It was a challenge to track down Laura Mvula (mmm-VUla) during her tour stop at the Crystal Ballroom in Portland. Since the release of her debut album, Sing to the Moon, the singer-songwriter from the United Kingdom has been steadily gaining attention for her strong vocals and meticulously choral and ornate musical compositions. Mvula was nominated for Britain’s Mercury Prize for her debut and she also took home two MOBO awards for best female act and best R&B/Soul artist.
After tour bus delays, entourages, hotels, makeup sessions, sound checks, and an eventual sold-out performance, we had the chance to sit down and chat with the singer in the compact, busy greenroom of the Crystal after her set as the opening act for Iron and Wine.
On her last name and her musical inspirations:
“My maiden name is Douglas. I’m Scottish. Related to Jill Scott! We’ve discussed this … (laughter). Jill Scott, Lauren Hill, they were, like, the first artists that I properly listened to when I was a teenager. And for me when I was a teenager, music for me was obsessive, so I would rinse albums. I got my parents to get me a Walkman, or a Discman, and I just shut myself out for hours and just listened. I begged my parents for lessons on the piano and they said, ‘OK,’ and then I decided that I wanted to do music for my college education. I wanted to do composition. Actually I wanted to play, but I wasn’t good enough!”
On music and marriage:
“I think [marriage] helped. Marriage for me was two different things. The name changing for me was kind of a formality, something that you do — you don’t really think much about it until it happens. It was a coincidence that at that point I was ready to start searching for a voice — an artistic voice — and I discovered that I had these songs. And I happened to be Laura Mvula at the time. But Sing to the Moon is really Laura Douglas, 27 years in the making.”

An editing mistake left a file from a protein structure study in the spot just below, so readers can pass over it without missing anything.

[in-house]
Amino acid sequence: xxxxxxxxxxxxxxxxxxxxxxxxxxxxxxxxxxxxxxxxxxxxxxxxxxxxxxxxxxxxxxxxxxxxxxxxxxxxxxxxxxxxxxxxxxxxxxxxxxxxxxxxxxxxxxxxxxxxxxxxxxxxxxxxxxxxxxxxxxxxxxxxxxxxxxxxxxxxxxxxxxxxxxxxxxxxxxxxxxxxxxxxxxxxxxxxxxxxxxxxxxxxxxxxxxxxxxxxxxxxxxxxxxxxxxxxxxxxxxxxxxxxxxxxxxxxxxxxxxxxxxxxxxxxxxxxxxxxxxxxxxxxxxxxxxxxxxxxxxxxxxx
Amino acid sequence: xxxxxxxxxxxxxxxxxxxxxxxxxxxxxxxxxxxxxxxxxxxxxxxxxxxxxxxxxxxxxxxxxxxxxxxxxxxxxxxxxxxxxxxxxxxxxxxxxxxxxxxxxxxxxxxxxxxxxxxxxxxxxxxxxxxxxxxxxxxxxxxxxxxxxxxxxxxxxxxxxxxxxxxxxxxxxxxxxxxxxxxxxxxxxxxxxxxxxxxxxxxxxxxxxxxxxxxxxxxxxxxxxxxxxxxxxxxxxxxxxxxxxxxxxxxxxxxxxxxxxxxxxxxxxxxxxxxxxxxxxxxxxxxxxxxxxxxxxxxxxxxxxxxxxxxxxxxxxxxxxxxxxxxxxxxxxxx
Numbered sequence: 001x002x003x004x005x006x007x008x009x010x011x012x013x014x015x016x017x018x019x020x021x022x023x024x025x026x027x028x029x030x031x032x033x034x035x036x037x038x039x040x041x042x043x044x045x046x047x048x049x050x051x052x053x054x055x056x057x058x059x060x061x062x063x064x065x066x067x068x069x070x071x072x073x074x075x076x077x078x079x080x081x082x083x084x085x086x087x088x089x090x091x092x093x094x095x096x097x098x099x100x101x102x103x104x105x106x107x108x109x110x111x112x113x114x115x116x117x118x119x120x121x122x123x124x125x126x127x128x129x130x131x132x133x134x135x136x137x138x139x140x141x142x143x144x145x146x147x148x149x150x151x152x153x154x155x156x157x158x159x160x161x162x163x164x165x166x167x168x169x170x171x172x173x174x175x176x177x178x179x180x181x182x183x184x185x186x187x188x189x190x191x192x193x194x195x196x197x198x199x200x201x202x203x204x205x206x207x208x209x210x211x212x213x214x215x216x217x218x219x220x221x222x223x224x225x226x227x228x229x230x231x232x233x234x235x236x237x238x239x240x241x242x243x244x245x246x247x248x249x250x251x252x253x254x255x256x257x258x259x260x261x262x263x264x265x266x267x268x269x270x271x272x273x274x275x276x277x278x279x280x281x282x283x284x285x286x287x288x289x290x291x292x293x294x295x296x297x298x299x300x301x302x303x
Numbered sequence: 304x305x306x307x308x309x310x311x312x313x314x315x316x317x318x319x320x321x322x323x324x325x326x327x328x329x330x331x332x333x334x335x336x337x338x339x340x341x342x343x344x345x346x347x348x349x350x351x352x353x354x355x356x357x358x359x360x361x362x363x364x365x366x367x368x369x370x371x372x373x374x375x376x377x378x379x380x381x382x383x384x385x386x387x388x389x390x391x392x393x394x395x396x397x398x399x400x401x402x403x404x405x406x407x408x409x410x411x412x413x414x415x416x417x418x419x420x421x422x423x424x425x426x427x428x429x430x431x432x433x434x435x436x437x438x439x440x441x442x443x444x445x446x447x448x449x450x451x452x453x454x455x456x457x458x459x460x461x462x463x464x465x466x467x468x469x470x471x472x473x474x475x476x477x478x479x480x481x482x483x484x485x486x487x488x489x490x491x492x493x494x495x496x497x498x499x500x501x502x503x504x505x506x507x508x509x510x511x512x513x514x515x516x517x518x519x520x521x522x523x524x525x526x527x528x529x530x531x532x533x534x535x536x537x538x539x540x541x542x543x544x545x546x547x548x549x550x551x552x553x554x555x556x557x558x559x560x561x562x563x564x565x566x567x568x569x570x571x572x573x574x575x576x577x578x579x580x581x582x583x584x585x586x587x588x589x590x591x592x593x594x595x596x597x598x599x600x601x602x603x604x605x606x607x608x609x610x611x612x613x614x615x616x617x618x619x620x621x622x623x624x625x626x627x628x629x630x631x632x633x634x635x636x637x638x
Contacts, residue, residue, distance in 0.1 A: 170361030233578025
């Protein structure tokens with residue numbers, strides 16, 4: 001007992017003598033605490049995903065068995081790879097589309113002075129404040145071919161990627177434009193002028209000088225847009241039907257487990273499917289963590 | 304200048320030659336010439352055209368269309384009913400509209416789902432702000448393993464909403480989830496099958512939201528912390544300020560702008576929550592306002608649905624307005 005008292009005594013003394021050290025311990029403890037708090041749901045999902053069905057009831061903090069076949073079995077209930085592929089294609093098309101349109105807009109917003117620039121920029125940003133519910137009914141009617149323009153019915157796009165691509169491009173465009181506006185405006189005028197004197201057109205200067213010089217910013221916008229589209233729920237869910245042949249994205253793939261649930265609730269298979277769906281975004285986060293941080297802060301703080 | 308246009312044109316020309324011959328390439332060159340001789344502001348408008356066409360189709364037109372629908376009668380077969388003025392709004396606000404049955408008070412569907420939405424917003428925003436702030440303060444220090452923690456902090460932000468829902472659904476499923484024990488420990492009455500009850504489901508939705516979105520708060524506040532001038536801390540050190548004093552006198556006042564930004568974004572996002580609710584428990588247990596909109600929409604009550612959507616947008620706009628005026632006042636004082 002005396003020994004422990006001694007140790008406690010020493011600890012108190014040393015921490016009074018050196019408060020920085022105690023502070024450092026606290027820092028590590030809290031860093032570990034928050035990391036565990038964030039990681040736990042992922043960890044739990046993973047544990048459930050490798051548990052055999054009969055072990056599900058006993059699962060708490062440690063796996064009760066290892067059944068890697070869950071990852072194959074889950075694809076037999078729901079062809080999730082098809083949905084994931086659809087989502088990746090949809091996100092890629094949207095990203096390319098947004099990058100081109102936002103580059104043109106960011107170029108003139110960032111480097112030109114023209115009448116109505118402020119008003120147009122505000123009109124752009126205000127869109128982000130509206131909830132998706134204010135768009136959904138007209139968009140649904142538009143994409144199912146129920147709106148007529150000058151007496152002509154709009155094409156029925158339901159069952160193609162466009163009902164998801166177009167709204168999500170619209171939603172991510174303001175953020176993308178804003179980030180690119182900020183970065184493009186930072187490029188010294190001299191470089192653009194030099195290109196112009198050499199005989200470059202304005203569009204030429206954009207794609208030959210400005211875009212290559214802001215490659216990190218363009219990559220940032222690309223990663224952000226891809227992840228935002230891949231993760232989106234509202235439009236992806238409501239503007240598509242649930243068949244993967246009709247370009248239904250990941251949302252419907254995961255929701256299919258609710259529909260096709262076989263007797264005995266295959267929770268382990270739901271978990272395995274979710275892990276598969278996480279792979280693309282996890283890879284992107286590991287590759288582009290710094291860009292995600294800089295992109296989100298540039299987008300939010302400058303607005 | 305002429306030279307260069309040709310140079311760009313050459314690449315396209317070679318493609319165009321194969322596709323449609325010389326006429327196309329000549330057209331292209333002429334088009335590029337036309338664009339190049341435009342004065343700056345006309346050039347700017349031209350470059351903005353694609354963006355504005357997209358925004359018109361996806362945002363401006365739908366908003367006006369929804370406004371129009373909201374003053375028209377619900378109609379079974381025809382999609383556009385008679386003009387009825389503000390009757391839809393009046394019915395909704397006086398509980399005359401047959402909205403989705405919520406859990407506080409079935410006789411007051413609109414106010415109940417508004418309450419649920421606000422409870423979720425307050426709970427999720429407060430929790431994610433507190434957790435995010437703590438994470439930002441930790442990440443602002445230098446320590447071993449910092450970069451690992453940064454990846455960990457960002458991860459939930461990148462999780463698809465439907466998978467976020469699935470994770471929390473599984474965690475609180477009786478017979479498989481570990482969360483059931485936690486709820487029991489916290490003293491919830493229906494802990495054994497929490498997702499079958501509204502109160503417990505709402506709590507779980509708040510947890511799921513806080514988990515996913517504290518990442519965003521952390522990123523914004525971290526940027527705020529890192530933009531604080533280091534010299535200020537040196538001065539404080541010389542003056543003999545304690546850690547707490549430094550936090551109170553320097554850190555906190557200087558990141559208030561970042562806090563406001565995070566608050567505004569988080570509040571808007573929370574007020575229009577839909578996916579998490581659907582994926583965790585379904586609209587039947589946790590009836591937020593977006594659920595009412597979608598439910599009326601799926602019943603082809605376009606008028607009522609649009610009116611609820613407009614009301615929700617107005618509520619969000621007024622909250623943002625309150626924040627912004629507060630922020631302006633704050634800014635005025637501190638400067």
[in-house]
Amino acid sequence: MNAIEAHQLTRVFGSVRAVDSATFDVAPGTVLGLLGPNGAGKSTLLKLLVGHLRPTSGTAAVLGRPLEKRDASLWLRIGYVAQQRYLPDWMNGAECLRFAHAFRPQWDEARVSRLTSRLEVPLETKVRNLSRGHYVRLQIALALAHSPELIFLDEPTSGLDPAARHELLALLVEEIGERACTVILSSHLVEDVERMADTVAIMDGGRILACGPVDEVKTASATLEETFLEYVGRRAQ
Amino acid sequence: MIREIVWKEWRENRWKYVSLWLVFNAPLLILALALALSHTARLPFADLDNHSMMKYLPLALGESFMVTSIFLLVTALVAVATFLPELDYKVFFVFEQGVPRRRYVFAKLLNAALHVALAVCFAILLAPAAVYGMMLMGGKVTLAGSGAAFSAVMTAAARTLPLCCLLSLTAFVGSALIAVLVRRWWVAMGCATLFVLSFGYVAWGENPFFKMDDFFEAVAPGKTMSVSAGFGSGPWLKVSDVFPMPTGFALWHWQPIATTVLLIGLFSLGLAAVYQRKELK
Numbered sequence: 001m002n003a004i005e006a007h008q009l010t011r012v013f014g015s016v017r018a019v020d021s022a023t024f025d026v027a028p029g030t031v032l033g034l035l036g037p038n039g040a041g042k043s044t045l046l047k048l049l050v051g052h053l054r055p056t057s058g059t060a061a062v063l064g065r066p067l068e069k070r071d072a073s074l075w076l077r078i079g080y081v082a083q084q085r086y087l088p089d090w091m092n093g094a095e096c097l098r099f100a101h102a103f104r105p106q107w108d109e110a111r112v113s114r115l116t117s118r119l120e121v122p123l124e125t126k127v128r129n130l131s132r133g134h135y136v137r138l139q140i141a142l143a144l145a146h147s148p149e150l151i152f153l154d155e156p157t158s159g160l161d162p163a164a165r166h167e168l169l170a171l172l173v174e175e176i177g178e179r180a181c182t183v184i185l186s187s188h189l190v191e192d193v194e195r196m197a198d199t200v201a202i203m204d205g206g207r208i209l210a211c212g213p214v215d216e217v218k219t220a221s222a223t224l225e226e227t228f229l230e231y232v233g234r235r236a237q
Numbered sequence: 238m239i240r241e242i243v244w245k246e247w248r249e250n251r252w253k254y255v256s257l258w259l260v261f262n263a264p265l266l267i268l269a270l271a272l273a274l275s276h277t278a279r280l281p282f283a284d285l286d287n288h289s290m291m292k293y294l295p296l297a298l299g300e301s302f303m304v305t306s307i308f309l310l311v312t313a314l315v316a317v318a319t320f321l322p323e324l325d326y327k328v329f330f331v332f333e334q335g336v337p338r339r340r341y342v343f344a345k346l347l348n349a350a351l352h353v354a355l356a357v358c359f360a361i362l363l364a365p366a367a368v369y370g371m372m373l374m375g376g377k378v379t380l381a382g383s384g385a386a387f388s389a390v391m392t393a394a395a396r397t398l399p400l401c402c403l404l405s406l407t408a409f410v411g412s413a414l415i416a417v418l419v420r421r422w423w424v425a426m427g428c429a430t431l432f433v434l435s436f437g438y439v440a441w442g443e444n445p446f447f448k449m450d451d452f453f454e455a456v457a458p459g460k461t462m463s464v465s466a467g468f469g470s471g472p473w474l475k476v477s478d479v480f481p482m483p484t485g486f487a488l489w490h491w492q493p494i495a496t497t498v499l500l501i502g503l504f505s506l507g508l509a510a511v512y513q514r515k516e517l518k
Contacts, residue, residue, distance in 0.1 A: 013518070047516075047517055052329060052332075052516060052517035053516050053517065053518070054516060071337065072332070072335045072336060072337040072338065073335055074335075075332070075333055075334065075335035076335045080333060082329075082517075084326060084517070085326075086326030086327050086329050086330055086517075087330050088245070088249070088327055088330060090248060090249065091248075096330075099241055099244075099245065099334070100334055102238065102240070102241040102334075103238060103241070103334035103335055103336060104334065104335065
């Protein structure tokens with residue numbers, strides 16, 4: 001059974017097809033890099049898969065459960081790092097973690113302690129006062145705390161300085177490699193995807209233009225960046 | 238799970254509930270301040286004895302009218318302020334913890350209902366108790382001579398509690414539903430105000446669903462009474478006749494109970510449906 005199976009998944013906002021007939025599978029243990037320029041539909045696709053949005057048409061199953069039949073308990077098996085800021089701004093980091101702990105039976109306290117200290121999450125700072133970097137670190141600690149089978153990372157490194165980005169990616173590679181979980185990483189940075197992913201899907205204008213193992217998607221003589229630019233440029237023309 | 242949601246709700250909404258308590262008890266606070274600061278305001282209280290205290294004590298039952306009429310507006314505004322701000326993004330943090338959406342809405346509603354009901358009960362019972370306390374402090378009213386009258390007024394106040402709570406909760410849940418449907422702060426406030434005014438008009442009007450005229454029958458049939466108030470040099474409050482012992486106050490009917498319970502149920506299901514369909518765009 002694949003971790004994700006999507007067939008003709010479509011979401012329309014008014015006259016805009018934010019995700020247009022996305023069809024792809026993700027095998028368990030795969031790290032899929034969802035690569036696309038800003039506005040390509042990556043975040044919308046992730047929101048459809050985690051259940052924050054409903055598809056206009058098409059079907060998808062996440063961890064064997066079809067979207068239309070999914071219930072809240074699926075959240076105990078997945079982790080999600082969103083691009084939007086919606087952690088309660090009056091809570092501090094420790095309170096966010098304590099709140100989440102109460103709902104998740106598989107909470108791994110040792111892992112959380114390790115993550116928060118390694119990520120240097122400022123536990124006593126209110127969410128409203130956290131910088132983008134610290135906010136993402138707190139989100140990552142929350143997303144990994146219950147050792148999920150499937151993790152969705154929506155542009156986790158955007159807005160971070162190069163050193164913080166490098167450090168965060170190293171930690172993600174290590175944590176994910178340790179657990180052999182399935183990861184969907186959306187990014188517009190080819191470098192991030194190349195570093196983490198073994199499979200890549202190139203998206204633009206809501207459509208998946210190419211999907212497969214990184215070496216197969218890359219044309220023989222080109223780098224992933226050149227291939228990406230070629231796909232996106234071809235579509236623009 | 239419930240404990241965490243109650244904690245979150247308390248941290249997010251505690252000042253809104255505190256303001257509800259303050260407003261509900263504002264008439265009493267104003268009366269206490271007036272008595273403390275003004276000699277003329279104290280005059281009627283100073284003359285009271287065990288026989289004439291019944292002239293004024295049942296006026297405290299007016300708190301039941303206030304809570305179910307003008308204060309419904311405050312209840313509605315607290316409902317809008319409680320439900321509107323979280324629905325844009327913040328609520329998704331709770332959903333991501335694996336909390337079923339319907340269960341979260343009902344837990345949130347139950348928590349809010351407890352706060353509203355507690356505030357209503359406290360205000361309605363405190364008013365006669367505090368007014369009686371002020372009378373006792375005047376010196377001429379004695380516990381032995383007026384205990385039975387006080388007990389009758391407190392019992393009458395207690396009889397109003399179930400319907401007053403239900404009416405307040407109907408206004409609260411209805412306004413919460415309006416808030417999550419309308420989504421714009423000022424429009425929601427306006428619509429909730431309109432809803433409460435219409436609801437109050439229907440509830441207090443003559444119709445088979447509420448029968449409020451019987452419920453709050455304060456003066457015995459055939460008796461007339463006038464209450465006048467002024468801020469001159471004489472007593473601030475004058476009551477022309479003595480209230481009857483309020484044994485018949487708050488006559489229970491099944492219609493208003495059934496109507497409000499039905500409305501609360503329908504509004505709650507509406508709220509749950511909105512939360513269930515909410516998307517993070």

On her personal style and presentation:
“I’ve always been a person interested in the aesthetics. I was a girl that was obsessed with my creative environment. I always enjoyed people coming into my home, or flat, and feeling like, ‘Hey, this is a cool place to be!’ So I’ve always cared about how I present myself and what my surroundings look like. So it was natural when the label set about saying, ‘So, you’re going to have an album cover and there’s a whole campaign …’ And there were a couple of ideas that were put to me that I didn’t feel were right. I knew that everything had to be simplistic and clean and striking. And leave enough to the imagination. I don’t think that people want to be spoon-fed anymore; I don’t think people need to be spoon-fed. I think people appreciate things in their most honest form. So my head on an album cover — that’s what I look like. (laughter)
On her impressions of Portland:
“Honestly, the only thing I’d heard was from my manager when I asked him, ‘What we’re going to do here and how much time we had here …’ … But my manager said, ‘It’s Portland! It’s huge, it’s a big deal!’ And so from that, my energy, my thoughts and my feelings were like, ‘Portland is the place!’ It’s been the first gig where [the audience] have been standing. We’ve been doing theaters, so this is the first place on the tour where people have … stood up, which makes them very expectant and engaged.”